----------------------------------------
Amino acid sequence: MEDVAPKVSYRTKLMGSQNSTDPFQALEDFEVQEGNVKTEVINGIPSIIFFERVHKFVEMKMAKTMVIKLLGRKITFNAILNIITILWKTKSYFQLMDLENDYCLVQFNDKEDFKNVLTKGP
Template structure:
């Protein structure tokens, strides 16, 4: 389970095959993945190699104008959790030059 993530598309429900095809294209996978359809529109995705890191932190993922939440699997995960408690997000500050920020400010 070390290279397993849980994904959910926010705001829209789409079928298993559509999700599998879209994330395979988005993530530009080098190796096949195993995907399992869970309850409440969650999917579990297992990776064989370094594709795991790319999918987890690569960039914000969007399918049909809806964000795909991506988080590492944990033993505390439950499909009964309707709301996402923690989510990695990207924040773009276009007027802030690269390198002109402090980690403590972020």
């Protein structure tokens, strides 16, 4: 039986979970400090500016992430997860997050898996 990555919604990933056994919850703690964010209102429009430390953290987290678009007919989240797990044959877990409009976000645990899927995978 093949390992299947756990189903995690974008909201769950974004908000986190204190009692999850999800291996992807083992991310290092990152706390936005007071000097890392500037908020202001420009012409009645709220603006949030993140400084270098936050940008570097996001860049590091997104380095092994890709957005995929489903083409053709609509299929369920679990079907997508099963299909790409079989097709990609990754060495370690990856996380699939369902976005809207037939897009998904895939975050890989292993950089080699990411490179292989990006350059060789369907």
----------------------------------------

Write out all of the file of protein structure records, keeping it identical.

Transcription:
Amino acid sequence: MEDVAPKVSYRTKLMGSQNSTDPFQALEDFEVQEGNVKTEVINGIPSIIFFERVHKFVEMKMAKTMVIKLLGRKITFNAILNIITILWKTKSYFQLMDLENDYCLVQFNDKEDFKNVLTKGP
Template structure:
């Protein structure tokens, strides 16, 4: 389970095959993945190699104008959790030059 993530598309429900095809294209996978359809529109995705890191932190993922939440699997995960408690997000500050920020400010 070390290279397993849980994904959910926010705001829209789409079928298993559509999700599998879209994330395979988005993530530009080098190796096949195993995907399992869970309850409440969650999917579990297992990776064989370094594709795991790319999918987890690569960039914000969007399918049909809806964000795909991506988080590492944990033993505390439950499909009964309707709301996402923690989510990695990207924040773009276009007027802030690269390198002109402090980690403590972020």
């Protein structure tokens, strides 16, 4: 039986979970400090500016992430997860997050898996 990555919604990933056994919850703690964010209102429009430390953290987290678009007919989240797990044959877990409009976000645990899927995978 093949390992299947756990189903995690974008909201769950974004908000986190204190009692999850999800291996992807083992991310290092990152706390936005007071000097890392500037908020202001420009012409009645709220603006949030993140400084270098936050940008570097996001860049590091997104380095092994890709957005995929489903083409053709609509299929369920679990079907997508099963299909790409079989097709990609990754060495370690990856996380699939369902976005809207037939897009998904895939975050890989292993950089080699990411490179292989990006350059060789369907």